This Tutorial published at http://www.retouchpro.com

Restoring an old photograph.
Posted by: Cameraken on 12-31-1969.

"Every photo is different and the steps to a good restoration can vary from image to image. But there are some basic steps which tend to help in many cases. The tutorial introduces the method of adjusting the RGB levels separately. This method is used for ‘squeezing’ extra detail out of a damaged image. The tutorial was written using Photoshop7 but should translate easily to other versions. "

Restoring an old photograph.

Every photo is different and the steps to a good restoration can vary from image to image. But there are some basic steps which tend to help in many cases.

The tutorial introduces the method of adjusting the RGB levels separately. This method is used for ‘squeezing’ extra detail out of a damaged image.

The tutorial was written using Photoshop7 but should translate easily to other versions.

In this tutorial I am using an image from the Retouch Pro archives

http://www.retouchpro.com/archive/showphoto.php/photo/170/size/big/sort/1/cat/all  

So please download it now if you would like to follow along.

Here are the ‘Before and After’ to show where we are heading.


Evaluate

The image is very faded. Take a look at the histogram. Image > Histogram



All the data is compressed over at the right hand side and this is the reason why there are no blacks in the image

Zoom in close and take a good look at the image. Look for texture, dust, scratches, tears etc. This will give some idea of the work to be done.

We are not covering texture removal here and fortunately this photo has none but if it did then this should be removed first. There is a tutorial on texture removal here http://retouchpro.com/tutorials/?m=show&id=185

 

Adjust Levels

Duplicate the background (never work on the original)

Add a levels adjustment layer and the levels adjustment will open.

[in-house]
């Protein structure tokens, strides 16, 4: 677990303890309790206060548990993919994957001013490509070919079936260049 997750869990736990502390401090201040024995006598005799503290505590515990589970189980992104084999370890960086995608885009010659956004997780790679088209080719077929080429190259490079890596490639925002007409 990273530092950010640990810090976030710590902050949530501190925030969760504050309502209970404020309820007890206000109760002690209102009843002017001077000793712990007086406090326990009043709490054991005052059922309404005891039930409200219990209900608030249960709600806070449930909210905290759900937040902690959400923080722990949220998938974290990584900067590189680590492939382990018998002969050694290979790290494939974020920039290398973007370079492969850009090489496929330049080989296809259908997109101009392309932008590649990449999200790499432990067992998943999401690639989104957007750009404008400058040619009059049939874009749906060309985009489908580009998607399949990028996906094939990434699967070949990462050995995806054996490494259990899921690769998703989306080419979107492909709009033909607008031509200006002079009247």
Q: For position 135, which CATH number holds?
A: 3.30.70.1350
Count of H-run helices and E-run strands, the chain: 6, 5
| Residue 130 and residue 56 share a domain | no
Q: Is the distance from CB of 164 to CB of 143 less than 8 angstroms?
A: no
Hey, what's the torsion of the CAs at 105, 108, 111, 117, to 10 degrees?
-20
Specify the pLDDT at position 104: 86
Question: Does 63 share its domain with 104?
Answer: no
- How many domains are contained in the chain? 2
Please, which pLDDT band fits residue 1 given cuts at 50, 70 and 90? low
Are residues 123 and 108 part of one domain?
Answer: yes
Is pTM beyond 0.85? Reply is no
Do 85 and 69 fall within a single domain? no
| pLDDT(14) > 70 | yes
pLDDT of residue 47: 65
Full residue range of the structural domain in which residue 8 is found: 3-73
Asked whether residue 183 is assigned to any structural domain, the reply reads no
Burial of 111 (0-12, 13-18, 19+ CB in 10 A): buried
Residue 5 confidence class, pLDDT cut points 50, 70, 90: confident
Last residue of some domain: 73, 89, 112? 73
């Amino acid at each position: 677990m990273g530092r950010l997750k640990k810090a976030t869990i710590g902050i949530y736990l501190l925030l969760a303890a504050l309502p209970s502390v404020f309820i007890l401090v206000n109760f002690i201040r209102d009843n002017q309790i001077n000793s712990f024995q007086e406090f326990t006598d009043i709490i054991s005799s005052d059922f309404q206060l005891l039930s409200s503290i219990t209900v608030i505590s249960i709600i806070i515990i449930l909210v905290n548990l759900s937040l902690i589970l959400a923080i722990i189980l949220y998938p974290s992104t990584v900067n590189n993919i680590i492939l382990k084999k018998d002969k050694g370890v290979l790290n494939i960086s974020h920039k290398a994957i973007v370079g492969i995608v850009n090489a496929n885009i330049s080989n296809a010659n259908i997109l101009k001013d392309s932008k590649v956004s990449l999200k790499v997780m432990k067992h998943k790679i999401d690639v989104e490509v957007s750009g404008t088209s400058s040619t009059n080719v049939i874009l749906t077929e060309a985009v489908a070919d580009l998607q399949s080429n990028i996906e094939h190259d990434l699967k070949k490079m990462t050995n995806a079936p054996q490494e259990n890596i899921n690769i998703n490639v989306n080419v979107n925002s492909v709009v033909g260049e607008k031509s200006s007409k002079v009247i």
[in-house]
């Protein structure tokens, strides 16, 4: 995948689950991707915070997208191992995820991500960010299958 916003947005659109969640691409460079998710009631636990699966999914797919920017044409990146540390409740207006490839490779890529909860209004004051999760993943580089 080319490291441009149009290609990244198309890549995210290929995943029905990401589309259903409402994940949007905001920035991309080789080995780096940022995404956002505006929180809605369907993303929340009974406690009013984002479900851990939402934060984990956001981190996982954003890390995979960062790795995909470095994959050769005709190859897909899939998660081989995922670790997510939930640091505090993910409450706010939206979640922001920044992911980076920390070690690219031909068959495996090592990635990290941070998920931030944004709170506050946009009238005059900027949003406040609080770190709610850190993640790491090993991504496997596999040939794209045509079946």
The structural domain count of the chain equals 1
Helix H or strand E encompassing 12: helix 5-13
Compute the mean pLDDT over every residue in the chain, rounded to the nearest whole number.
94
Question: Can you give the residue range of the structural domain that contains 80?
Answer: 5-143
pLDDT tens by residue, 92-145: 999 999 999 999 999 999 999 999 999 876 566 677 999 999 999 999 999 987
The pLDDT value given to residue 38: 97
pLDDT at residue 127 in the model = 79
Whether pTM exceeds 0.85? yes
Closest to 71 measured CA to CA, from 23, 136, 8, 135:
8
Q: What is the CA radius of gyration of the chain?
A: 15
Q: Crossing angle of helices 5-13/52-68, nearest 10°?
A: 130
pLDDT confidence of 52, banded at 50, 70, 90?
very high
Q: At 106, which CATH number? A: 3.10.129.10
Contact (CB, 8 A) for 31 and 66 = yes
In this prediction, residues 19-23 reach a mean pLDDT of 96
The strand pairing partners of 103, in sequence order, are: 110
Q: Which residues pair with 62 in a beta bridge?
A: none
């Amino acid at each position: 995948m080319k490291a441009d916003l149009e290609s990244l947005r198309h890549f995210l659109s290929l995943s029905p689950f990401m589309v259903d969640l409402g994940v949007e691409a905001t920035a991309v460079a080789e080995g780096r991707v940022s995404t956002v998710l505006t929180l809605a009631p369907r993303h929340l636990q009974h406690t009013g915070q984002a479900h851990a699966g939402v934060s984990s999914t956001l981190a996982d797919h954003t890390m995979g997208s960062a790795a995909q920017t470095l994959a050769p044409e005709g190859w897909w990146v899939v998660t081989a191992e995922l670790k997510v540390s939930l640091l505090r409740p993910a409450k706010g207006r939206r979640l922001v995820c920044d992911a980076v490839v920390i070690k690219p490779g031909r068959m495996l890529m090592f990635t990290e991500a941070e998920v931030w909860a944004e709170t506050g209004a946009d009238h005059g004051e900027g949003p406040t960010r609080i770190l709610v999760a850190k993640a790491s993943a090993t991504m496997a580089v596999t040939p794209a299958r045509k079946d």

If you have not done it yet the maximum and minimum target values need to be set.

Double-click the Black eyedropper. The color Picker dialog will open. Set the RGB 12, 12, 12, and click OK



Double-click the white eyedropper. The color Picker dialog will open. Set the RGB 243, 243, 243, and click OK



This only needs to be done once. It will make sure that detail is kept in the lightest highlights and the darkest shadows

Now that the target values have been set we can now adjust the levels of the image.

We will correct the levels of the RGB channels separately. Arrange the workspace so that you can see the whole image and the levels adjustment.


In the channel box. Choose the Red channel. Hold down the ALT key and move the Shadows Slider to the right. There is a point where the image starts to show. Move the shadow slider to the point where the image is barely visible.

Now choose the Green channel and repeat the procedure. You will notice that in the green channel the Highlight slider also needs adjustment. Hold down the Alt key and move the highlight slider to the left until the image just starts to show.

Now the Blue channel. Adjust the Shadow and Highlight sliders in the same way.